Sustainable Concrete Solutions for Urban Rainwater Management

In an innovative project, researchers from the University of Central Lancashire (UCLan) are creating sustainable concrete from crushed shells, which are typically destined for landfill, and this could potentially aid in preventing flooding.

Sustainable Concrete Solutions for Urban Rainwater Management.

Image Credit: Thicha6327/

The rapid urbanization of European cities, coupled with the impacts of climate change, has turned the management of urban rainwater and runoff into a pressing issue for city planners. Urban areas often feature up to 75 % impermeable surfaces, a stark contrast to the 10 % found in natural settings, which severely limits water infiltration.

This leads to increased environmental and safety hazards, including the heightened risk of localized flooding and pollution. These challenges call for creative and effective urban planning solutions to mitigate the adverse effects and enhance resilience.

Recognizing the urgency of addressing urban rainwater management, Emmanuel Anike, Senior Product Developer, and Daniel Keller, Low Carbon, and Environmental Analyst, are leading a groundbreaking initiative to transform urban infrastructure with sustainable building materials.

Their project harnesses cutting-edge research and collaborative expertise to develop permeable surfaces made from recycled waste products, marking a significant shift in urban water management strategies.

Shells: A Sustainable Concrete Solution

In particular, the team has sourced new waste materials from the UK and French Channel coasts, primarily shell co-products, repurposing what would otherwise be waste into a permeable concrete that allows water to seep through. This sustainable solution is ideal for constructing footpaths, car parks, and garden areas, enhancing urban drainage, and reducing flood risks.

Currently, the concrete is undergoing testing at the garden of People's Pantry in Blackpool, a community food initiative that frequently experiences flooding. This initiative not only promotes environmental sustainability but also provides practical benefits in flood-prone areas.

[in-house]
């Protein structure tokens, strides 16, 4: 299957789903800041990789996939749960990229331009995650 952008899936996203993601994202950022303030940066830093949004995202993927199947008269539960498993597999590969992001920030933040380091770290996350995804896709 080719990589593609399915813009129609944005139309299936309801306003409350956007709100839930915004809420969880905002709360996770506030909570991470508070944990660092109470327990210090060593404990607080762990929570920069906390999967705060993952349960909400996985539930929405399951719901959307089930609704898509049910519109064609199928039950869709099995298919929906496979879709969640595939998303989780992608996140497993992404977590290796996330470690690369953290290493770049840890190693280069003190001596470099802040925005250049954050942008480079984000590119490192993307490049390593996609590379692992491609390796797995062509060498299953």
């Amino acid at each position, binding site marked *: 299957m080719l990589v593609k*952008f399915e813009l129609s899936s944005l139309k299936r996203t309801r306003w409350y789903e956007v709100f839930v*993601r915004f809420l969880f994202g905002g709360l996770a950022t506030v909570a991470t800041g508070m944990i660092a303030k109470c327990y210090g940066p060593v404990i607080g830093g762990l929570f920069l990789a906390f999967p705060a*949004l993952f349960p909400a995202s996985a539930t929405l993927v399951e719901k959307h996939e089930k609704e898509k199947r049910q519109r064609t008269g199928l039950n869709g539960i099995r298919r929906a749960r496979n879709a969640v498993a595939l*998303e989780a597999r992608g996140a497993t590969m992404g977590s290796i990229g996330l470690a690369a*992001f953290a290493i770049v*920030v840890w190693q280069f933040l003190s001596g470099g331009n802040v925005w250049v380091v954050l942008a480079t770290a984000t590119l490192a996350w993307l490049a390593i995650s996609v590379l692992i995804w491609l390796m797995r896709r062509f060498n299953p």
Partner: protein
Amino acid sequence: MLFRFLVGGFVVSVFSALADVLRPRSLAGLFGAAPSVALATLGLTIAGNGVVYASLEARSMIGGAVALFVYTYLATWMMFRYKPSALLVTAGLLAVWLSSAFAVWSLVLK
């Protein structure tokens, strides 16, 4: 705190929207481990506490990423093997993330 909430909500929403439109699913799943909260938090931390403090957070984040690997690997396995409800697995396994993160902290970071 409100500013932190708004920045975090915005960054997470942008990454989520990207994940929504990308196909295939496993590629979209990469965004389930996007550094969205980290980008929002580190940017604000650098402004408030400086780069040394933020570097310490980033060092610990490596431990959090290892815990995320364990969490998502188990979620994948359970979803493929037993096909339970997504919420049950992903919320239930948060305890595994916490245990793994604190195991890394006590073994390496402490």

Commercial Applicability

Dubbed the CIRCLE partnership, this project is renowned for creating environmentally friendly and commercially viable concrete formulations. These innovative ready-mix solutions are designed to meet market demands and enhance the decontamination of drained water, offering both infrastructural improvement and environmental protection.

To turn their vision into reality, Anike and Keller have partnered with industry giants. In the UK, they are engaging with Tarmac to utilize their extensive distribution network and technical expertise. In France, a collaboration with EQIOM leverages their comprehensive construction solutions, ensuring seamless integration into existing urban environments.

This project is underpinned by significant financial support from the Interreg V/A France (Channel) England program, which has allocated €1.9M from the European Regional Development Fund (ERDF), contributing to a total budget of approximately €2.8M. This funding not only validates the project's potential impact but also underscores the strategic importance of cross-border cooperation in tackling regional environmental challenges.

Future Outlook

As urban centers continue to expand and the impacts of climate change become more apparent, the success of the CIRCLE project could set a new standard for urban development. By pioneering sustainable solutions that integrate economic and environmental considerations, the project showcases how strategic partnerships and innovative thinking are essential to solving complex urban challenges.

This initiative not only aims to transform the landscape of urban rainwater management but also serves as a benchmark for future projects aiming to harmonize urban growth with environmental stewardship.

References and Further Reading

  1. UCLan (2024) Circle project, University of Central Lancashire. Available at: (Accessed: 13 May 2024).

  2. Hobson, J. (2024) Concrete made with Fleetwood shells could prevent floods, BBC News. Available at: (Accessed: 13 May 2024).

  3. UCLan (2024) Blackpool makes waves as the UK’s pioneer in seashell concrete testing, University of Central Lancashire. Available at: (Accessed: 13 May 2024).

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